Wait, I am confused here. I can certainly write down traits that, when used as a trait object, the compiler complains about for not being object safe. So, there are object-unsafe traits that even are useful. Are you referring to a different notion of object safety?

The compiler assumes that T::Output depends only on T. A different implementation could very well ICE on such a violation.

Okay. I will probably eventually dig into old discussions to figure out the reasons behind this design decision.

That would be non-trivial, as the following code is legal (and nothing forces put and get to be in the same crate):

I do not understand the type <for<'a> Iterator<Item=&'a u32> as Iterator>::Item. We search for some implementation i of type for<'a> Iterator for X where Item=&'a u32, i.e. a single implementation of the iterator trait for some unknown type X such that the item type is &'a u32? And then we select the type i::Item (which must be &'a u32), but somehow we don't even have to give the 'a? That can't be entirely right; if X is not fixed, there could be many implementations. Also, where does the 'a disappear to? Or do we end up with effectively for <'a> &'a u32? That would mean the projection (::) implicitly operates below the universal quantifier (for).
Are such types really ever used in practice?^^

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commented Apr 2, 2016

Wait, I am confused here. I can certainly write down traits that, when used as a trait object, the compiler complains about for not being object safe. So, there are object-unsafe traits that even are useful. Are you referring to a different notion of object safety?

You can have an object-unsafe trait (e.g. Clone) or poly-trait-reference (e.g. for<'α> Iterator<Item=&'α u32>. You can't have the unsized trait-object type Clone (which would be isomorphic to ∃T. (T, T: Clone)) or for<'a> Iterator<Item=&'a u32> (which would be the uninhabited ∃T. (T, T: Iterator, ∀'α <T as Iterator>::Item ~ &'α u32)).

Okay. I will probably eventually dig into old discussions to figure out the reasons behind this design decision.

Associated type projection is required to be a (partial) function. That's basically the point of associated types, not?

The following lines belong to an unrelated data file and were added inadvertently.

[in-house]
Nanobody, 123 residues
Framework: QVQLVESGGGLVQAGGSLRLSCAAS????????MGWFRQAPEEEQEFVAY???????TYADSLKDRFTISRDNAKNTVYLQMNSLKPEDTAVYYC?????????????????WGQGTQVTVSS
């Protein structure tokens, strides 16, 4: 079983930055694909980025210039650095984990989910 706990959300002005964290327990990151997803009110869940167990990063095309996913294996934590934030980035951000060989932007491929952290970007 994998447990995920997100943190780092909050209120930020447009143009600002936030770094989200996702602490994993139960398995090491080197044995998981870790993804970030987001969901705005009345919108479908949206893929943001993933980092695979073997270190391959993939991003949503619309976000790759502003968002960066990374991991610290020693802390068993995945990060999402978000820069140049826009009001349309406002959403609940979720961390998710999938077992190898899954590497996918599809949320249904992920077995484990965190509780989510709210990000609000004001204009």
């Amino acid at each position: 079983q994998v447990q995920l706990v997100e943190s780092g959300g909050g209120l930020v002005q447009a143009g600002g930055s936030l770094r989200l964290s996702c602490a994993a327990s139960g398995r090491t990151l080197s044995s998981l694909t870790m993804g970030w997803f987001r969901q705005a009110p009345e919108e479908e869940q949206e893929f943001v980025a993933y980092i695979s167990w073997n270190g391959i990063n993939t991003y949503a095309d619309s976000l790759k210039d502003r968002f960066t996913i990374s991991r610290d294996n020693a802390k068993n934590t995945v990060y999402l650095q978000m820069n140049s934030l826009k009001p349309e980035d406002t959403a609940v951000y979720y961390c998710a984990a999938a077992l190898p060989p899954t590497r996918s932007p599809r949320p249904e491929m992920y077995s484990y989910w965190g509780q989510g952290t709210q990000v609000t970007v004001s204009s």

I do not understand the type <for<'a> Iterator<Item=&'a u32> as Iterator>::Item.

That's because it is an incoherent notion. for<'a> Iterator<Item=&'a u32> is not a sensible type (at the very least, it is uninhabited). It is related to <for<'s> fn(&'s u32) -> &'s u8 as Fn(&'a u32)>::Output, Which is the output of an for<'s> fn(&'s u32) -> &'s u8 when its input is &'a u32 - that's it, &'a u8.

The 'a disappearing is exactly the reason the type is nonsensical.

nikomatsakis added a commit to nikomatsakis/rust that referenced this issue Apr 4, 2016

warn if bindings/return-types reference regions
This is a step towards fixing rust-lang#32330. The full fix would be a breaking
change, so we begin by issuing warnings for scenarios that will break.
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commented Apr 11, 2016

Associated type projection is required to be a (partial) function. That's basically the point of associated types, not?

I never saw associated types as a partial function; I saw them as additional, type-level data that is extracted from the inferred trait implementation; similar to how value-level data (like associated constants or method implementations) are extracted.

If you see it as a function, then what is the domain of that function? As you said yourself, for<'a> Iterator<Item=&'a u32> is not really anything. Or is it considered the type of a trait object satisfying the given bound? It doesn't make much sense though to extract the associated type from a trait object, since the entire point of trait objects is that the trait implementation is not known at compile-time, and hence neither is the associated type.

I guess I am rather puzzled that this (<for<'a> Iterator<Item=&'a u32> as Iterator>::Item) is accepted at all. Right now, I think it should not be accepted. Is there any example of anything like that being used?

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commented Jun 29, 2016

Hmm, reading a bit more closely, I'm actually somewhat surprised that this program type-checks. Perhaps more strangely, this one does as well, which seems wrong:

#![feature(unboxed_closures)]
fn main() {
    static X: u32 = 3;
    fn lifetime_in_ret_type_alone() -> &'static u32 { &X }
    fn apply_thunk<T: FnOnce<()>>(t: T, _x: T::Output) { t(); }
    let x = 3;
    apply_thunk(lifetime_in_ret_type_alone, &x);
}
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commented Jun 29, 2016

Still my attempt to weaponize fails (the following does not compile):

#![feature(unboxed_closures)]
fn main() {
    static X: u32 = 3;
    fn lifetime_in_ret_type_alone() -> &'static u32 { &X }
    fn apply_thunk<T: FnOnce<()>>(t: T, x: T::Output) -> T::Output { x }
    let y: &u32;
    let x = 3;
    y = apply_thunk(lifetime_in_ret_type_alone, &x);
}